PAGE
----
Martin Amis: Renowned British novelist passes away at 73

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Martin Amis, one of the most celebrated British novelists of his generation, has died at the age of 73.

The New York Times quoted his wife, author Isabel Fonseca, as saying that he died of esophageal cancer at his Florida home.

Amis is best known for his 1984 novel Money and his 1989 work London Fields.

He wrote 14 novels and several non-fiction books, and is widely regarded as one of the most influential writers of his era.

Born in Oxford in 1949, he was the son of novelist and poet Sir Kingsley Amis.

The younger Amis followed in his father’s footsteps with his first novel, The Rachel Papers.

Published in 1973 while he was working at the Times Literary Supplement, it follows the romantic adventures of a teenage boy in London before university and won the Somerset Maugham Prize.

Amis penned a string of notable works, and was a contemporary of other famous writers such as James Fenton, Salman Rushdie and Ian McEwan.

His close relationship with journalist Christopher Hitchens, who died of esophageal cancer in 2011, was well documented.

He belonged to a colorful set that rejuvenated the British literary landscape and is credited with inspiring a generation of young writers.

Rushdie paid tribute to Amis, telling The New Yorker: “He used to say that all he wanted to do was leave behind a shelf of books – to be able to say, ‘From here to here, this I am’.

“His voice is now silent. His friends will miss him dearly. But we have the shelf.”

And another contemporary, Sir Kazuo Ishiguro, told the BBC: “He was a standard-bearer for novelists of my generation and an inspiration to me personally.

“For all his degrees of satire, the brilliant swagger of his prose, there was always something tender not far from the surface, a yearning for love and connection. His work will survive the various shifts of fashion and works.”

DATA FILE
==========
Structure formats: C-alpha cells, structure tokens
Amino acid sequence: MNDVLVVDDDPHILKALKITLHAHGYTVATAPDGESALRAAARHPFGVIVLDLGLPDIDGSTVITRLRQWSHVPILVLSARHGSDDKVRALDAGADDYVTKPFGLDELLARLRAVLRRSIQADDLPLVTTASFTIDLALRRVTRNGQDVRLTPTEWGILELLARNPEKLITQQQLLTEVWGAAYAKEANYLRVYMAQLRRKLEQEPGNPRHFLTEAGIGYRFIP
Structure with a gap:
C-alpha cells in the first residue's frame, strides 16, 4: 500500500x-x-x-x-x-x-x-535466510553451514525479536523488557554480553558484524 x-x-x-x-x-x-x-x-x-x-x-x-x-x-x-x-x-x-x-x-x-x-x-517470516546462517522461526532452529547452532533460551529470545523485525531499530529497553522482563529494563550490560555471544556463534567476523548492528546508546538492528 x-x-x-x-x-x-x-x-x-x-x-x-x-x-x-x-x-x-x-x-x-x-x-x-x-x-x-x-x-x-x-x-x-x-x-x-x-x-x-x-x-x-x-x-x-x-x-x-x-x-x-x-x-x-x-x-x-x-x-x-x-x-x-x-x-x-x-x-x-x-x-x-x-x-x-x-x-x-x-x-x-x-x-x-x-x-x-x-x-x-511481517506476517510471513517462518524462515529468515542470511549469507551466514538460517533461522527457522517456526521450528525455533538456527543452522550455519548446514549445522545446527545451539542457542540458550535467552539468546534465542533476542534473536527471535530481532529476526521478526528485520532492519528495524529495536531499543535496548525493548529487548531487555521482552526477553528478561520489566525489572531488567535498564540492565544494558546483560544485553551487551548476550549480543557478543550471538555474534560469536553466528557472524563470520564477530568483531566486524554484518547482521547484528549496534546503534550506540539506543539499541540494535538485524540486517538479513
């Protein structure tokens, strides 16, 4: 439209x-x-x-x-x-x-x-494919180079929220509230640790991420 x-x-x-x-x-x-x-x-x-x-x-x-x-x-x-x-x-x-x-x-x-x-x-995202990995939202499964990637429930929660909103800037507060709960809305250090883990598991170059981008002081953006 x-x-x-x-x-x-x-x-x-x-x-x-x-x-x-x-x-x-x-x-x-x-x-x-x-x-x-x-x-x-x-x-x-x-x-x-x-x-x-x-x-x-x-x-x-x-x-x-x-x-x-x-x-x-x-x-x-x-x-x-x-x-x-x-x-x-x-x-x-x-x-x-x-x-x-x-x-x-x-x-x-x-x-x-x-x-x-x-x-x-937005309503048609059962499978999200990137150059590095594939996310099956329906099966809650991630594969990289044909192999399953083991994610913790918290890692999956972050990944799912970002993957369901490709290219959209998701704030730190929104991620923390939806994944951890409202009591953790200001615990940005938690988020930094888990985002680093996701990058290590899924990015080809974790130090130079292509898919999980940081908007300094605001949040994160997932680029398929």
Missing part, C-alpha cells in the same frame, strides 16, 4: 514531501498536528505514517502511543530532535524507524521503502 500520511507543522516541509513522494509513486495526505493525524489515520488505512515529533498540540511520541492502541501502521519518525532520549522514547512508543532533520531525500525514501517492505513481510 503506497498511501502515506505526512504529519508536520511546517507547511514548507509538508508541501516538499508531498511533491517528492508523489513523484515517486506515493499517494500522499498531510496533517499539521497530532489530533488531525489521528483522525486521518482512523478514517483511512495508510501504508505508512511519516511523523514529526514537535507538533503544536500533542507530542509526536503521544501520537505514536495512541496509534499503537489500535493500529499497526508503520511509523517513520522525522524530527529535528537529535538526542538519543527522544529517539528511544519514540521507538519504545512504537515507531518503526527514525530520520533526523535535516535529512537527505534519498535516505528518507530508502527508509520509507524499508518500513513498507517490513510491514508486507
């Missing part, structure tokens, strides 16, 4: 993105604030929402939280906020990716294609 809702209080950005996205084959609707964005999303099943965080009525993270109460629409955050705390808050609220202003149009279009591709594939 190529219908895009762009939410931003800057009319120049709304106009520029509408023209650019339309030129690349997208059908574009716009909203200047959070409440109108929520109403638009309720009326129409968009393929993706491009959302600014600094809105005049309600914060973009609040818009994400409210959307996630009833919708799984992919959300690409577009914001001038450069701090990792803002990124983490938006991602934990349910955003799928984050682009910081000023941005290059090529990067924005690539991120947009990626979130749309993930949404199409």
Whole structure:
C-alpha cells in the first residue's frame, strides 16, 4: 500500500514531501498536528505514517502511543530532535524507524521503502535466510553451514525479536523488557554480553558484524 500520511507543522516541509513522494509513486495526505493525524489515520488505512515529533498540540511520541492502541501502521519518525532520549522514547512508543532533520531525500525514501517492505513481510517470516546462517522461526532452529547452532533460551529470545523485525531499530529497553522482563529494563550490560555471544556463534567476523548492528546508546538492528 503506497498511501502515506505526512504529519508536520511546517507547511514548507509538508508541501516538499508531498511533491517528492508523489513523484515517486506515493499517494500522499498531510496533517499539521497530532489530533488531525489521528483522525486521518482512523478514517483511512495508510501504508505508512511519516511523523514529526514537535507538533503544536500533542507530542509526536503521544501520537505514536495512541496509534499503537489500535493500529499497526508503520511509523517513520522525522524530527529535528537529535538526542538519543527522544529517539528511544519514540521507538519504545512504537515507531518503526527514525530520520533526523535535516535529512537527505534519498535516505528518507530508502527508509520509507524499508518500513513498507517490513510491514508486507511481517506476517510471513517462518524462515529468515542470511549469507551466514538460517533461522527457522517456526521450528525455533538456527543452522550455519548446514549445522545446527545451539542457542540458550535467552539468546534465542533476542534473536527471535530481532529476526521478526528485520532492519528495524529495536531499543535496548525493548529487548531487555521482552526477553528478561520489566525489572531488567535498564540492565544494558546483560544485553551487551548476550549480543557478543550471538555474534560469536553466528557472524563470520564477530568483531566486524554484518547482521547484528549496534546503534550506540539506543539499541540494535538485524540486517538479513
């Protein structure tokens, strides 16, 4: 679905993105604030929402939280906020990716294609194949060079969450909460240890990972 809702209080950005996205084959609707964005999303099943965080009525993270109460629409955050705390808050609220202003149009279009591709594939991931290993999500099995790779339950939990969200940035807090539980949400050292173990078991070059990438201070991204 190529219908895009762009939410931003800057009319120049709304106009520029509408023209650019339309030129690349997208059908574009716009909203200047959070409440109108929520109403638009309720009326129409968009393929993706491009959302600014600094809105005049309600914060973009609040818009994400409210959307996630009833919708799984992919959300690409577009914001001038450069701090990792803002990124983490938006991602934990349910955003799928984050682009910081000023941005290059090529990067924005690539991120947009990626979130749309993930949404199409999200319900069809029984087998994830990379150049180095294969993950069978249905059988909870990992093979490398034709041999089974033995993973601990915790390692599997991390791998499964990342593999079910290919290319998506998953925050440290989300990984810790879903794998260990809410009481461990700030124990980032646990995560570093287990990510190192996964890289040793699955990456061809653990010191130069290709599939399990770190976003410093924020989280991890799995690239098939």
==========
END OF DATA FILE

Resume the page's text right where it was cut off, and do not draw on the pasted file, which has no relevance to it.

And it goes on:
a literary rock star

Witty, provocative, linguistically daring – and, in his heyday, a celebrity. Martin Amis was often described as the Mick Jagger of the literary world (and Carrie Bradshaw was seen reading his novels in Sex in the City).

He was one of the prominent names on that era-defining first list of the best British novelists under 40, chosen famously by Granta in 1983 and every decade since.

Amis had by then already established itself as a formidable figure in English literature.

Her semi-autobiographical debut novel The Rachel Papers propelled her onto the literary scene in 1973. It was verbally inventive, with an understanding of the frustrations of a certain type of clever (horny) young man.

His second novel, Dead Babies, published in 1975, charted in a weekend of debauchery and showcased his extravagant, lewd use of language.

Amis was never far from sight in the 1980s and 1990s – often quoted, often photographed. A literary rock star.